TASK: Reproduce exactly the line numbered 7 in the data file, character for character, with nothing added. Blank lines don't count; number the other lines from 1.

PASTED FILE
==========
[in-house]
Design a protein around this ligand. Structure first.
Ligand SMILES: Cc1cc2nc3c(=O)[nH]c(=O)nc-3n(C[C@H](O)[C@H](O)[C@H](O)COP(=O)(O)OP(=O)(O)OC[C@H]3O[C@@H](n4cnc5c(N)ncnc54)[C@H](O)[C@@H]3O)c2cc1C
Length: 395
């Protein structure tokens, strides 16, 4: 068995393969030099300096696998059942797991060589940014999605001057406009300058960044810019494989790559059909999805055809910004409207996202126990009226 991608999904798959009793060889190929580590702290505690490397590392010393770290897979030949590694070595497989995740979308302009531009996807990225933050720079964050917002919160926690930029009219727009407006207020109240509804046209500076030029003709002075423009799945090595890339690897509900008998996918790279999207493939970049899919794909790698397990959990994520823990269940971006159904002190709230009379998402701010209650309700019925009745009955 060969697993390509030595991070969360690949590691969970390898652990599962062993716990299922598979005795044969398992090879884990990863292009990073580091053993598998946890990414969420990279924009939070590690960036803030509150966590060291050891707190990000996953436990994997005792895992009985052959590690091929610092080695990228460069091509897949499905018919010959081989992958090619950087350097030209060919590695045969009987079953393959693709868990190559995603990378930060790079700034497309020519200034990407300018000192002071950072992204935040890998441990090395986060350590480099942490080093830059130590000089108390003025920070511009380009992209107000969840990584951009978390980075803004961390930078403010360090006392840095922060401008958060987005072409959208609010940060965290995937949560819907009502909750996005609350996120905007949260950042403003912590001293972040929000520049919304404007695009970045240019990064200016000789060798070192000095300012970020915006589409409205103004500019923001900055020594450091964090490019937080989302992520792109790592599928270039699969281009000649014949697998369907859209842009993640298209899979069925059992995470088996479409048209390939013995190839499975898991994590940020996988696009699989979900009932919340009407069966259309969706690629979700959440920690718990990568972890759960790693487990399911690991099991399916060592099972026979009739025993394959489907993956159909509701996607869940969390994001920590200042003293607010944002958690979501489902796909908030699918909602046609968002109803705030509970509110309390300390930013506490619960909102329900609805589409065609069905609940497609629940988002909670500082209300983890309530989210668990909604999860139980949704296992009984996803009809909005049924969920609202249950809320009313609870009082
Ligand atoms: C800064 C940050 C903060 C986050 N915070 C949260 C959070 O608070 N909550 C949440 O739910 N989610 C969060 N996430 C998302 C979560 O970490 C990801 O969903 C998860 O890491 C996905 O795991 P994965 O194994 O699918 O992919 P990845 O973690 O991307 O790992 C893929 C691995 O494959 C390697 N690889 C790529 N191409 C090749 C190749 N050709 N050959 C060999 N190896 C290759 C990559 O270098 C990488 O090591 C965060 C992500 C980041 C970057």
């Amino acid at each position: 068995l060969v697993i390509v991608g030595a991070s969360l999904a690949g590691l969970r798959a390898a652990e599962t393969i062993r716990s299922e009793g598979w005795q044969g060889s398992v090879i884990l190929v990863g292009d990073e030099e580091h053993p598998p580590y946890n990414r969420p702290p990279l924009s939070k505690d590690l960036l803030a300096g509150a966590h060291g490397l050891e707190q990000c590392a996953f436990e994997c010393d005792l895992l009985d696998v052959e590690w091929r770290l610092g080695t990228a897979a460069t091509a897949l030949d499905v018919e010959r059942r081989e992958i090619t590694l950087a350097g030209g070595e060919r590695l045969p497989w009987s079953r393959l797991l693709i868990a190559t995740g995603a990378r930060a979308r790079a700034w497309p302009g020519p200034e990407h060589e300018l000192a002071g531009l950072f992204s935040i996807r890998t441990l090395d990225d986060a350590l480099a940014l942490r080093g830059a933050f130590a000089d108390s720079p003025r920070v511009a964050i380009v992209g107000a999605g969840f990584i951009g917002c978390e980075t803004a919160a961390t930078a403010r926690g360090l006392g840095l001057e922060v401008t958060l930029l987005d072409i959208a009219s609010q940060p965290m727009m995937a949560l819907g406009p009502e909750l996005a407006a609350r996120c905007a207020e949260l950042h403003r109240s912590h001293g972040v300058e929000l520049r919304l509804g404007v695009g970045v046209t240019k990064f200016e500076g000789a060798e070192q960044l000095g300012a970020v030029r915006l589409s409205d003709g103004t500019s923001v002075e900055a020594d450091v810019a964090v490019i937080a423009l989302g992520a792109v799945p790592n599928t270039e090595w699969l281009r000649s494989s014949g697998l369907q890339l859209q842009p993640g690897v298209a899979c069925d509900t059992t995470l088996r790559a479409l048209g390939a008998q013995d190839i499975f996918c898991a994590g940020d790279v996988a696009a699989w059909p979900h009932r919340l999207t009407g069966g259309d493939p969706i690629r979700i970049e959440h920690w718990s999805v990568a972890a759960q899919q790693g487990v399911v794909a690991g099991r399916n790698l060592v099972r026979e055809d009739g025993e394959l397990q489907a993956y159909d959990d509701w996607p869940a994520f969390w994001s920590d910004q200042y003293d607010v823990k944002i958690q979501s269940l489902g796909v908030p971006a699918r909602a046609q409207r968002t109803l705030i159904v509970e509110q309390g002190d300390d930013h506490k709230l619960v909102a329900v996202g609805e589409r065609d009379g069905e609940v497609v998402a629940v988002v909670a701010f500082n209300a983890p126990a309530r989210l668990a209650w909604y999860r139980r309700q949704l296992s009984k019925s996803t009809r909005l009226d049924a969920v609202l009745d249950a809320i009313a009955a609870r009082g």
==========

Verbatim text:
């Amino acid at each position: 068995l060969v697993i390509v991608g030595a991070s969360l999904a690949g590691l969970r798959a390898a652990e599962t393969i062993r716990s299922e009793g598979w005795q044969g060889s398992v090879i884990l190929v990863g292009d990073e030099e580091h053993p598998p580590y946890n990414r969420p702290p990279l924009s939070k505690d590690l960036l803030a300096g509150a966590h060291g490397l050891e707190q990000c590392a996953f436990e994997c010393d005792l895992l009985d696998v052959e590690w091929r770290l610092g080695t990228a897979a460069t091509a897949l030949d499905v018919e010959r059942r081989e992958i090619t590694l950087a350097g030209g070595e060919r590695l045969p497989w009987s079953r393959l797991l693709i868990a190559t995740g995603a990378r930060a979308r790079a700034w497309p302009g020519p200034e990407h060589e300018l000192a002071g531009l950072f992204s935040i996807r890998t441990l090395d990225d986060a350590l480099a940014l942490r080093g830059a933050f130590a000089d108390s720079p003025r920070v511009a964050i380009v992209g107000a999605g969840f990584i951009g917002c978390e980075t803004a919160a961390t930078a403010r926690g360090l006392g840095l001057e922060v401008t958060l930029l987005d072409i959208a009219s609010q940060p965290m727009m995937a949560l819907g406009p009502e909750l996005a407006a609350r996120c905007a207020e949260l950042h403003r109240s912590h001293g972040v300058e929000l520049r919304l509804g404007v695009g970045v046209t240019k990064f200016e500076g000789a060798e070192q960044l000095g300012a970020v030029r915006l589409s409205d003709g103004t500019s923001v002075e900055a020594d450091v810019a964090v490019i937080a423009l989302g992520a792109v799945p790592n599928t270039e090595w699969l281009r000649s494989s014949g697998l369907q890339l859209q842009p993640g690897v298209a899979c069925d509900t059992t995470l088996r790559a479409l048209g390939a008998q013995d190839i499975f996918c898991a994590g940020d790279v996988a696009a699989w059909p979900h009932r919340l999207t009407g069966g259309d493939p969706i690629r979700i970049e959440h920690w718990s999805v990568a972890a759960q899919q790693g487990v399911v794909a690991g099991r399916n790698l060592v099972r026979e055809d009739g025993e394959l397990q489907a993956y159909d959990d509701w996607p869940a994520f969390w994001s920590d910004q200042y003293d607010v823990k944002i958690q979501s269940l489902g796909v908030p971006a699918r909602a046609q409207r968002t109803l705030i159904v509970e509110q309390g002190d300390d930013h506490k709230l619960v909102a329900v996202g609805e589409r065609d009379g069905e609940v497609v998402a629940v988002v909670a701010f500082n209300a983890p126990a309530r989210l668990a209650w909604y999860r139980r309700q949704l296992s009984k019925s996803t009809r909005l009226d049924a969920v609202l009745d249950a809320i009313a009955a609870r009082g």